A question we frequently receive from customers and other people interested in tissue clearing is a fundamental one: how does tissue clearing work? In this article, we discuss the basic principles of tissue clearing.
Most biological tissue can become transparent. The reason most biological tissues are not transparent has to do with variations in the refractive index between different components of tissues. Refractive index differences cause refraction (bending) of light, which leads to scattering. Glass is clear, and air is clear, but you can see glass right? This is because air and glass have different refractive indices, and so they bend light differently. The best analogy is to think about clouds and fog. Clouds and fog are made out of water, which is obviously clear, however you can still see clouds and fog due to the fact that the water in clouds and fog is dispersed into particles, and each particle has a refractive index that is significantly different from the air the water is suspended in. So as light passes through a cloud, it is refracted and dispersed, leading to the scattering that causes the image of a cloud that we see. If you could somehow replace the air in the cloud with a gas that had the same refractive index as water, the cloud would become transparent.
Tissue clearing using Visikol HISTO is similar in this fashion. Biological tissue has proteins and membranes which have a high refractive index, and water which has a lower refractive index. That makes each cell and cellular component refract light as it passes through the specimen. If you could remove the water and replace it with something that matched the refractive index of the proteins/membranes, the biological tissue would become transparent. Visikol HISTO replaces the water in the cells, and matches the refractive index of the tissue components. The chemistry of Visikol HISTO is specially tuned to penetrate into biological tissues, closely adsorb to proteins and membranes, and replace the water, leading to homogenization of the refractive index of the overall tissue, and thus inducing transparency.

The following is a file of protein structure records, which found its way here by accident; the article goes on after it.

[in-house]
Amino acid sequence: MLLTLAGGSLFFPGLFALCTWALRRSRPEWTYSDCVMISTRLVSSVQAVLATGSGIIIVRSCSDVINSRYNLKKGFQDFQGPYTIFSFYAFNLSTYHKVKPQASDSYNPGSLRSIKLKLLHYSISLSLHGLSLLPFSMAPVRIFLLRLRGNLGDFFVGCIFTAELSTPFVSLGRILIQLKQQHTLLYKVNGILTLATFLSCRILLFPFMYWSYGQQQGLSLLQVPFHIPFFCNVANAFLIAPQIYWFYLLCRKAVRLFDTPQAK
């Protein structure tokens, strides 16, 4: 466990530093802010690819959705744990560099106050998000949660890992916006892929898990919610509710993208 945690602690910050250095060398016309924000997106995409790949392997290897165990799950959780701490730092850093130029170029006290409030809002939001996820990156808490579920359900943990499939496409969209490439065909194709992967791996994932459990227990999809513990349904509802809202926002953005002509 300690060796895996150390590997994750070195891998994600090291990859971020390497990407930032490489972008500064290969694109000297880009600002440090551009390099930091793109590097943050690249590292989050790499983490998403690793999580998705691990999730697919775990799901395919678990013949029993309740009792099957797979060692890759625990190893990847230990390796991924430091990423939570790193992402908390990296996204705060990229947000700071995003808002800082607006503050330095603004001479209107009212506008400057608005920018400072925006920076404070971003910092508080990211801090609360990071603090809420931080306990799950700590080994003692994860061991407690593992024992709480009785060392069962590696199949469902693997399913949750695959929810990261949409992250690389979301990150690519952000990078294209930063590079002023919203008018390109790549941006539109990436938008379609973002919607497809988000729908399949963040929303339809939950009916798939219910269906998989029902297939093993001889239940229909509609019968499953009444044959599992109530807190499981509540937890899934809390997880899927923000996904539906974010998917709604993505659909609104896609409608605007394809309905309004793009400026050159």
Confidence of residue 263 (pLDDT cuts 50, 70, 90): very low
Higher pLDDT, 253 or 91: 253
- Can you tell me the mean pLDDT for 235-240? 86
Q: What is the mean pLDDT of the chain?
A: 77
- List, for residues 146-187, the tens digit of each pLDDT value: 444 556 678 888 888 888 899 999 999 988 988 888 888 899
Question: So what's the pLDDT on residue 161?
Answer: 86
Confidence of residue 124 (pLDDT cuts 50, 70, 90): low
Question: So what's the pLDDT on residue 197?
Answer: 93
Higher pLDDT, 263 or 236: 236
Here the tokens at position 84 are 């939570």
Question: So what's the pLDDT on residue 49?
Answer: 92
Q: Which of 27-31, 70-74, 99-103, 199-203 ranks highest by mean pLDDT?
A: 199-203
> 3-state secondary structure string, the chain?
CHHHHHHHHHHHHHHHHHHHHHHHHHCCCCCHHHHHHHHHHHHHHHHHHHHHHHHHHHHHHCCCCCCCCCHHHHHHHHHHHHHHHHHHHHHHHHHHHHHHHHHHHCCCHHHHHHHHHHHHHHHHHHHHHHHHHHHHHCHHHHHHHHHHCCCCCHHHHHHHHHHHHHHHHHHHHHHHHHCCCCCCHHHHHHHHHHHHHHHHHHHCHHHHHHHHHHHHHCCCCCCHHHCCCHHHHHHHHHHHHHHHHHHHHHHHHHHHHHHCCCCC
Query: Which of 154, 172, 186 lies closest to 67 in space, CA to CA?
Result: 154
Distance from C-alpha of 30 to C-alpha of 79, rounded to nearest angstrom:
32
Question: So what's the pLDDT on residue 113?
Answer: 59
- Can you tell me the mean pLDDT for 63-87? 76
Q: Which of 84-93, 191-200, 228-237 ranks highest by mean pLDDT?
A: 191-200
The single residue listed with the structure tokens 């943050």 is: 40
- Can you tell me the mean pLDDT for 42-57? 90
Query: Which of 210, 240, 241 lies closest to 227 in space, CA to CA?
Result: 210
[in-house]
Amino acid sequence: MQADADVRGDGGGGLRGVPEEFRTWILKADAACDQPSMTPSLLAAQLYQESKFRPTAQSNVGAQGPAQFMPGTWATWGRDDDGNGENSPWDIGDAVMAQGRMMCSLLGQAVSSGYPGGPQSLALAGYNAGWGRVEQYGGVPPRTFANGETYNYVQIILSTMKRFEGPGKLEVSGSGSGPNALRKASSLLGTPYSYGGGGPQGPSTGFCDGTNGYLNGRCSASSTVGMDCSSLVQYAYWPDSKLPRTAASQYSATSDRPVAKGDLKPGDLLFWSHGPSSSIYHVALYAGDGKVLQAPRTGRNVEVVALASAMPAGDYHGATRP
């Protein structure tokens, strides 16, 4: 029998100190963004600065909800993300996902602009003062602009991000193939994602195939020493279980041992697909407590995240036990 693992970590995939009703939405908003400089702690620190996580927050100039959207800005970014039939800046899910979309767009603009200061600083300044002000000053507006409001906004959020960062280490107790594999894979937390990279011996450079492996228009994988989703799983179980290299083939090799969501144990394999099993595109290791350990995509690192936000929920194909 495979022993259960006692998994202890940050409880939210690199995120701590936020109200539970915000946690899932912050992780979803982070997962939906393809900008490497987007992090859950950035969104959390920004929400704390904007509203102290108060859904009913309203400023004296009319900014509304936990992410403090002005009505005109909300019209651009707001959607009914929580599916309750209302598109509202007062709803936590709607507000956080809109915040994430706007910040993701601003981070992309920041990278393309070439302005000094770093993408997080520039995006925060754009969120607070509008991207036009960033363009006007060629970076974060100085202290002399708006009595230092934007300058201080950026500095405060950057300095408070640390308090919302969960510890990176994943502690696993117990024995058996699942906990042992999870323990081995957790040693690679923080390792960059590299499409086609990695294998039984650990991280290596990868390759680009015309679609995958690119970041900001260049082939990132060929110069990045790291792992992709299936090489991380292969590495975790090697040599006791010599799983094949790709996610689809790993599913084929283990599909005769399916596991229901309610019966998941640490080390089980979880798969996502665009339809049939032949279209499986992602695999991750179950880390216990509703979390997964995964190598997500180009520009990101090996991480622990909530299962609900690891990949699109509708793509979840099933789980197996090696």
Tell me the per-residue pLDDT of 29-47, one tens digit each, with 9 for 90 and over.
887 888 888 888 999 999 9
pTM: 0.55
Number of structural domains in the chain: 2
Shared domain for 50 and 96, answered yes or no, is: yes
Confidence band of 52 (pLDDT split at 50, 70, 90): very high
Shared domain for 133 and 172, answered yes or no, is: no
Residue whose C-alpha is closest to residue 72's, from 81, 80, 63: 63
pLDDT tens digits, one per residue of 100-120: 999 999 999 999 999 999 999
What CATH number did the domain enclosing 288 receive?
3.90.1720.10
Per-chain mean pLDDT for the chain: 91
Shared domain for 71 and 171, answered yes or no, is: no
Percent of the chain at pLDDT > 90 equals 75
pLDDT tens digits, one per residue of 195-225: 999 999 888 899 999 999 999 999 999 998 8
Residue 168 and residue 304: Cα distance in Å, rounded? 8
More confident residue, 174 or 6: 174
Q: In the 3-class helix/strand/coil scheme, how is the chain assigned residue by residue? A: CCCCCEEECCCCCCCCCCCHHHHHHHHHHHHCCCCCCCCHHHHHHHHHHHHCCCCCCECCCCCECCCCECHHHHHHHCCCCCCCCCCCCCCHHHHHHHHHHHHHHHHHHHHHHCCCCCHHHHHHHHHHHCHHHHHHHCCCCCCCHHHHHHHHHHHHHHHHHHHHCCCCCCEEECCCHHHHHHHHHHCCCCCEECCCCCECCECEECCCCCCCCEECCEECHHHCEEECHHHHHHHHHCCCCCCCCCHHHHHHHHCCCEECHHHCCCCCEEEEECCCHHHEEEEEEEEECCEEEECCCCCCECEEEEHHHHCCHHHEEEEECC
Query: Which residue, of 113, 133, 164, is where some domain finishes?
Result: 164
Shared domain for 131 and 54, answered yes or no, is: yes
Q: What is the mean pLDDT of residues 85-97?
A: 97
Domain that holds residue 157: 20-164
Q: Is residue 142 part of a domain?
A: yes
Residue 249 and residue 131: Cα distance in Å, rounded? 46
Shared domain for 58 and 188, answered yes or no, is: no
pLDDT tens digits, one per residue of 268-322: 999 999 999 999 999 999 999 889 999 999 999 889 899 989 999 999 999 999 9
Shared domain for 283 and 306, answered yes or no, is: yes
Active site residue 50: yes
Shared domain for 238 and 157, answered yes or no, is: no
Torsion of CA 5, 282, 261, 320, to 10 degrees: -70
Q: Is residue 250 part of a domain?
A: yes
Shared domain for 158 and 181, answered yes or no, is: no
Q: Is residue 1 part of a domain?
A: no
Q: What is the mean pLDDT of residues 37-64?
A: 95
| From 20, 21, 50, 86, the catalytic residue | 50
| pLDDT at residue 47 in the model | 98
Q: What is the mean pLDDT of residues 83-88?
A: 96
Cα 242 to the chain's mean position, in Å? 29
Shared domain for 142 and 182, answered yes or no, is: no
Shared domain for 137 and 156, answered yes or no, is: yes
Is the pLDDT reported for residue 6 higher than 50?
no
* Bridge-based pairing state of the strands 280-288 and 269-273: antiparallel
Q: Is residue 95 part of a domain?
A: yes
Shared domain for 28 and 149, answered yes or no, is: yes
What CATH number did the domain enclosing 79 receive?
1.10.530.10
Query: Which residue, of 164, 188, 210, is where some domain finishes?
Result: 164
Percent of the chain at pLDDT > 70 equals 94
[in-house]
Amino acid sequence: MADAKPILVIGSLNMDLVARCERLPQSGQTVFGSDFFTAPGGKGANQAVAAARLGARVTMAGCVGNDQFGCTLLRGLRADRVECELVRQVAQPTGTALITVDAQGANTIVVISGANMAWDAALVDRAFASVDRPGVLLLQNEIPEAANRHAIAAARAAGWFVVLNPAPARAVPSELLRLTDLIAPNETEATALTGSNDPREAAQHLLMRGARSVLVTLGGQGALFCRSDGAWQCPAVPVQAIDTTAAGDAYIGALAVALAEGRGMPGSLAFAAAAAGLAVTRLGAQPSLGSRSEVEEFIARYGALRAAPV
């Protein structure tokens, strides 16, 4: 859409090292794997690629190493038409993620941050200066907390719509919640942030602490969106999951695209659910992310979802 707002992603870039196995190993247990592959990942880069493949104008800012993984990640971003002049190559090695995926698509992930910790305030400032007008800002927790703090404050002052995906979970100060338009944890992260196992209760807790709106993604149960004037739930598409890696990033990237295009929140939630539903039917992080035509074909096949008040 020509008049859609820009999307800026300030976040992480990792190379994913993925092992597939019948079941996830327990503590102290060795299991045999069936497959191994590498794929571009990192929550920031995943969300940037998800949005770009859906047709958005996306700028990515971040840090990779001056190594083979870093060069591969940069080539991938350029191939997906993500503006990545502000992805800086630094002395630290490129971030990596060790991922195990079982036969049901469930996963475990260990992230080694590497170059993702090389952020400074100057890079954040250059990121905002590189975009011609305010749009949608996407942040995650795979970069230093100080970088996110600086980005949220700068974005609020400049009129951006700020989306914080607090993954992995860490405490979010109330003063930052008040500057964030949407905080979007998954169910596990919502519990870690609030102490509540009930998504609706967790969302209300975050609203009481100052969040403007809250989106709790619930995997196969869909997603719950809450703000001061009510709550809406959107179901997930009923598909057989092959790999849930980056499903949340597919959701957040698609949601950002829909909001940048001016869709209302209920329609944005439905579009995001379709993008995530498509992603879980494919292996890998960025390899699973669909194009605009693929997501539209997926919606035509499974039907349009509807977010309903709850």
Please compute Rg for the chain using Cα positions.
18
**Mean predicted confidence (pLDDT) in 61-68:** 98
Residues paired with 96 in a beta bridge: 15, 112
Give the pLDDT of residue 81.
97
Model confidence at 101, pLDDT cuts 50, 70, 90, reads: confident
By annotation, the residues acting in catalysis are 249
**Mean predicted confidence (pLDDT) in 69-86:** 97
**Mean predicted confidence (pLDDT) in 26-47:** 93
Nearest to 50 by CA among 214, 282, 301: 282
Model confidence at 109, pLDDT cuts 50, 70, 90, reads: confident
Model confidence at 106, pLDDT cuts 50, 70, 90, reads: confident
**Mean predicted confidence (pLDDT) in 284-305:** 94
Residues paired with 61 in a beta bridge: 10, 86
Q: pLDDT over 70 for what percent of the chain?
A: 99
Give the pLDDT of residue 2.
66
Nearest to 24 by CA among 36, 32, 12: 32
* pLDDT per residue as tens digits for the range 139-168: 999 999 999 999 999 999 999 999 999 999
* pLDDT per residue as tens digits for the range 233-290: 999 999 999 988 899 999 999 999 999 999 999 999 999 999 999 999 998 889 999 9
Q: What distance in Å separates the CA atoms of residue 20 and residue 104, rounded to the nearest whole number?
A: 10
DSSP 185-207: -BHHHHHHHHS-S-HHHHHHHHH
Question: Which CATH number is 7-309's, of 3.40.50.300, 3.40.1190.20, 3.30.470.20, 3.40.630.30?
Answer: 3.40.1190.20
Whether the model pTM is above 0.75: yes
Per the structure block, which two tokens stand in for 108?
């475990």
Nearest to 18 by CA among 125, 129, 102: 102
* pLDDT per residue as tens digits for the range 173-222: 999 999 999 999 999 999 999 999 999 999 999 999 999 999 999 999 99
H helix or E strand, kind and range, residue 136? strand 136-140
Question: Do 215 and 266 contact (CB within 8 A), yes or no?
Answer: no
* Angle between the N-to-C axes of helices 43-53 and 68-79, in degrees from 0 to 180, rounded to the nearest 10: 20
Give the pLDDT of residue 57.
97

Of course there are other clearing techniques, but they all work to essentially homogenize the refractive index in one way or another. CLARITY does this by removing lipid components, allowing for a refractive index matching solution to penetrate the tissue and clear. CUBIC/Scale work by denaturing the proteins in tissue so the inner parts of the proteins and membranes become soluble to the aqueous clearing agent (which is a higher refractive index than water). However, CLARITY and CUBIC/Scale cause irreversible changes to the tissue, and are thus not ideal, since the underlying structure of the proteins and membranes is disrupted. Visikol HISTO does not cause this, and hence is fully reversible. After clearing a tissue with Visikol HISTO, one can wash the solution back out of the tissue, and rehydrate it, restoring the tissue to its original state. This is very desirable for researchers using important and valuable specimens, since it allows them to do follow up work with the original tissue specimen and validate their 3D imaging results using conventional techniques.